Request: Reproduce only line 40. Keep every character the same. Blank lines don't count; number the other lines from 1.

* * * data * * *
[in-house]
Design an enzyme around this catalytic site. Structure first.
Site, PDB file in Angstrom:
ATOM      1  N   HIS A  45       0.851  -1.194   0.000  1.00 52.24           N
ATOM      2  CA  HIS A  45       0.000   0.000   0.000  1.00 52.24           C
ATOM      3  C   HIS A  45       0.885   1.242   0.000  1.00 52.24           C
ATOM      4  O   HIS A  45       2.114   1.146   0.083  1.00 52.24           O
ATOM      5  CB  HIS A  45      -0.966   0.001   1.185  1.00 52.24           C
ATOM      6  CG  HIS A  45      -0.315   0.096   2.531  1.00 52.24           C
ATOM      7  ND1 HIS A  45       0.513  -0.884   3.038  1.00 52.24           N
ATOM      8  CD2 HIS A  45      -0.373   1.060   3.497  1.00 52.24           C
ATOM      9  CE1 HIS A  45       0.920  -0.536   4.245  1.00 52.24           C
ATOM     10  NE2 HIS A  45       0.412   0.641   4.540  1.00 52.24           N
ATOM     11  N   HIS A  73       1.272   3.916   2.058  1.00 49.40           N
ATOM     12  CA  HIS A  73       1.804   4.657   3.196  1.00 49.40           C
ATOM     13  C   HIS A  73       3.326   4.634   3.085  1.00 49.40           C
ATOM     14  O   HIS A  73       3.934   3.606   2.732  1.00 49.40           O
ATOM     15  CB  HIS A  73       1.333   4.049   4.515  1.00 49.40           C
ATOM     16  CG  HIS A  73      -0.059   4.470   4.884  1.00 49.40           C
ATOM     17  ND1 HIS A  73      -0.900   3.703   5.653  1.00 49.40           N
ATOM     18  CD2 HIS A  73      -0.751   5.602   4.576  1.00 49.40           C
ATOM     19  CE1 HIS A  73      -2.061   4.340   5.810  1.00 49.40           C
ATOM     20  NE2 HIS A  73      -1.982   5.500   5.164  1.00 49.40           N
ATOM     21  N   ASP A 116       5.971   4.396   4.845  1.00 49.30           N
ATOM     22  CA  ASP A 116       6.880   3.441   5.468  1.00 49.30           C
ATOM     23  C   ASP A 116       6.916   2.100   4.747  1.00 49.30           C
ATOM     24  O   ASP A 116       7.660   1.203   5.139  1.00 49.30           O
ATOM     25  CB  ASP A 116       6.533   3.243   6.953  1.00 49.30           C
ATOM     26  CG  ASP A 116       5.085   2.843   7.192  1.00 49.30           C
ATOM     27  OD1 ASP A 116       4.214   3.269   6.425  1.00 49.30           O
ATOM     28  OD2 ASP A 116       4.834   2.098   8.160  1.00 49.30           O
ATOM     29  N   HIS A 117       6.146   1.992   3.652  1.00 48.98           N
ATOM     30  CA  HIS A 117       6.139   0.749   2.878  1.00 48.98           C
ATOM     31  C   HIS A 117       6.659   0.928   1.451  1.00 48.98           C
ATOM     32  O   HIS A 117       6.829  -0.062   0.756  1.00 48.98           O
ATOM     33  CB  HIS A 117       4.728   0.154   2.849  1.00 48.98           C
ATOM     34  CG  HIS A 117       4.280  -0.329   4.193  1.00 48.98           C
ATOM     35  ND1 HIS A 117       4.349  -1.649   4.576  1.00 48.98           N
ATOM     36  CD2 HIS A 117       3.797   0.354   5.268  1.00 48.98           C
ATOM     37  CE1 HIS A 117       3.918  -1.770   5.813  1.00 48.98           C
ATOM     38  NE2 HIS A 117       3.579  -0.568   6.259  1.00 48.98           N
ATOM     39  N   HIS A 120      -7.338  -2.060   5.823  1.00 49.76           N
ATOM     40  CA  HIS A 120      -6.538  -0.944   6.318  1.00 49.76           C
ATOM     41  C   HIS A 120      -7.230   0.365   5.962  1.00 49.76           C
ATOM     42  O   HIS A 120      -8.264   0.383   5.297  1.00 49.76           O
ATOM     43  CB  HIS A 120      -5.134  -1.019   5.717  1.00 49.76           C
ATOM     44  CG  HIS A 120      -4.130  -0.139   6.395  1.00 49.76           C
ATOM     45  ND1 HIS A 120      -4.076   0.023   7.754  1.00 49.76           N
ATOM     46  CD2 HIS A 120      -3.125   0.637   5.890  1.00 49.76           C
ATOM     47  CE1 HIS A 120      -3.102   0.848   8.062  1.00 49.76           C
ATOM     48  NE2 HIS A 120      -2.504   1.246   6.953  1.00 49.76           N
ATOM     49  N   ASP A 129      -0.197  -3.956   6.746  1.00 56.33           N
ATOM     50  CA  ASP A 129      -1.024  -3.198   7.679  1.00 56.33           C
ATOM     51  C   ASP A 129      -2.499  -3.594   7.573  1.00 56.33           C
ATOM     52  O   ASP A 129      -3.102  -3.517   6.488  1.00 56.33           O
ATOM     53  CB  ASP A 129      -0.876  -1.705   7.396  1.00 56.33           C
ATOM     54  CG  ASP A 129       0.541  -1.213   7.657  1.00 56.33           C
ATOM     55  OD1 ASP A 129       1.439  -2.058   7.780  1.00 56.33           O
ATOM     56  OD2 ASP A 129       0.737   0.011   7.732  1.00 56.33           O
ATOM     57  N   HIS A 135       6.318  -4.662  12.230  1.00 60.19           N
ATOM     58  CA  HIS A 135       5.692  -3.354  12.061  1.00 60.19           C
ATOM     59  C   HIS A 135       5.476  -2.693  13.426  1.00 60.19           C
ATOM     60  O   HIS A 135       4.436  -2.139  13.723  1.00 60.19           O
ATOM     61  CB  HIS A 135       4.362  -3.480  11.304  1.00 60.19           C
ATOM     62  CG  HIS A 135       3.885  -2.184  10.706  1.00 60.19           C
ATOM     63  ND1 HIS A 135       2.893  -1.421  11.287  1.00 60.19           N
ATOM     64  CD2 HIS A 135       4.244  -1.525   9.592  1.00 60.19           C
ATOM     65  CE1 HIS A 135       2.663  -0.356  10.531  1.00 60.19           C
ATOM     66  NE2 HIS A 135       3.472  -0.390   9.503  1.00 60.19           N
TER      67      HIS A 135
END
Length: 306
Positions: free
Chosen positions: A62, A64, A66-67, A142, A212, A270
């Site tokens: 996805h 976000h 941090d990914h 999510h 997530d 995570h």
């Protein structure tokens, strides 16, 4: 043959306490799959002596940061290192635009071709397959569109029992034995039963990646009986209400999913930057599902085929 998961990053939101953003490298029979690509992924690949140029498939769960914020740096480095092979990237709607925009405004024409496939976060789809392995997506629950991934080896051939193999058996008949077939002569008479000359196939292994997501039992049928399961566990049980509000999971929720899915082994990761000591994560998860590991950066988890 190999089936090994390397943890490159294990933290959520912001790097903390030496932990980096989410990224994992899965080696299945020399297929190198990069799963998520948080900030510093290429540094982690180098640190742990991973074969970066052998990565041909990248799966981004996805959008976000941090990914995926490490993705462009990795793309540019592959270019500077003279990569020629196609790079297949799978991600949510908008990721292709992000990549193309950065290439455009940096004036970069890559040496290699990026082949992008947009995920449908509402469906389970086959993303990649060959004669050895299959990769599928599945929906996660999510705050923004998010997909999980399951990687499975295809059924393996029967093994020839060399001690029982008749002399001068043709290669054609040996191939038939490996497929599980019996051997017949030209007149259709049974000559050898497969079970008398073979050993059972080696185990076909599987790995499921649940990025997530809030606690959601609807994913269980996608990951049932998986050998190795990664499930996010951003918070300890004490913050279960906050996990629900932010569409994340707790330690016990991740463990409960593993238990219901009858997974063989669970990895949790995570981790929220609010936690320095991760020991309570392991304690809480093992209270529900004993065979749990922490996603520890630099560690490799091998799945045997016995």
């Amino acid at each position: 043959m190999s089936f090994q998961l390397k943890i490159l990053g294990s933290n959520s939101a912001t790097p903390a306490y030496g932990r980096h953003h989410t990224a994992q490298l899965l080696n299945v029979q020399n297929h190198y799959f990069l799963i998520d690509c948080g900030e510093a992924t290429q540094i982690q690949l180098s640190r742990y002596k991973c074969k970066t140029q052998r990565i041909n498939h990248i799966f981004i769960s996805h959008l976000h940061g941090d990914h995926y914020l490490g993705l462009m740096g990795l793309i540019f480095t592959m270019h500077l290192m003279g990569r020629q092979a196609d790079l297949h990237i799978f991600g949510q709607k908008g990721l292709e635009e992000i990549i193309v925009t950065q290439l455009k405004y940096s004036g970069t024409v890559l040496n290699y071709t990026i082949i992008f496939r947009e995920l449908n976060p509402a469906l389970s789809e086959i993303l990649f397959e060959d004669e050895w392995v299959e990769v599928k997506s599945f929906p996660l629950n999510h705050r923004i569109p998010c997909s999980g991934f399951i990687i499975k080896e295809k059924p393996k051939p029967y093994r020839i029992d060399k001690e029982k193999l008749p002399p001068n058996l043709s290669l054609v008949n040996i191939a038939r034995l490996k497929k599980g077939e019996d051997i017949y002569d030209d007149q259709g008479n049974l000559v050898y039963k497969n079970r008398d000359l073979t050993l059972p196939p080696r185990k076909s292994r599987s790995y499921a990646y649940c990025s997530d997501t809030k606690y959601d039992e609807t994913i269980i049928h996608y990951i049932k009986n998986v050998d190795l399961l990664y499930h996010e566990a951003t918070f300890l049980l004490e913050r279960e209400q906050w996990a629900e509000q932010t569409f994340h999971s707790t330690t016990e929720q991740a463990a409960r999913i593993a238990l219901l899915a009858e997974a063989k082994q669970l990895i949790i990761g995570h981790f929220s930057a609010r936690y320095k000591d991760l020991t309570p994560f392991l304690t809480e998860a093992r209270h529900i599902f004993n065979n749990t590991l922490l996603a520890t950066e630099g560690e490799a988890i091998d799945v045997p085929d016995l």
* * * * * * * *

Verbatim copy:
ATOM     37  CE1 HIS A 117       3.918  -1.770   5.813  1.00 48.98           C